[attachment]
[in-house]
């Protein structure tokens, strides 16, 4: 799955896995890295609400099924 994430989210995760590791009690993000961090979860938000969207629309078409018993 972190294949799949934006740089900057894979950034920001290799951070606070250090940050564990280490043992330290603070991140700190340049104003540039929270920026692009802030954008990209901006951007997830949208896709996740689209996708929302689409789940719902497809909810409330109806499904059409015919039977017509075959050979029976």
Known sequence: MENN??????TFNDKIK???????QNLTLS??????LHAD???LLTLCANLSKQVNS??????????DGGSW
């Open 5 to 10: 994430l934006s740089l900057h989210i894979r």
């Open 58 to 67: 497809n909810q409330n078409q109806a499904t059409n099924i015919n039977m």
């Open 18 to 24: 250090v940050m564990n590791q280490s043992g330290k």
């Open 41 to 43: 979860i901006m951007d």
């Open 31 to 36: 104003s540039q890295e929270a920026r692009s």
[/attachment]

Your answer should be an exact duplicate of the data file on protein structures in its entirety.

[in-house]
């Protein structure tokens, strides 16, 4: 799955896995890295609400099924 994430989210995760590791009690993000961090979860938000969207629309078409018993 972190294949799949934006740089900057894979950034920001290799951070606070250090940050564990280490043992330290603070991140700190340049104003540039929270920026692009802030954008990209901006951007997830949208896709996740689209996708929302689409789940719902497809909810409330109806499904059409015919039977017509075959050979029976």
Known sequence: MENN??????TFNDKIK???????QNLTLS??????LHAD???LLTLCANLSKQVNS??????????DGGSW
């Open 5 to 10: 994430l934006s740089l900057h989210i894979r």
């Open 58 to 67: 497809n909810q409330n078409q109806a499904t059409n099924i015919n039977m």
């Open 18 to 24: 250090v940050m564990n590791q280490s043992g330290k």
């Open 41 to 43: 979860i901006m951007d």
């Open 31 to 36: 104003s540039q890295e929270a920026r692009s």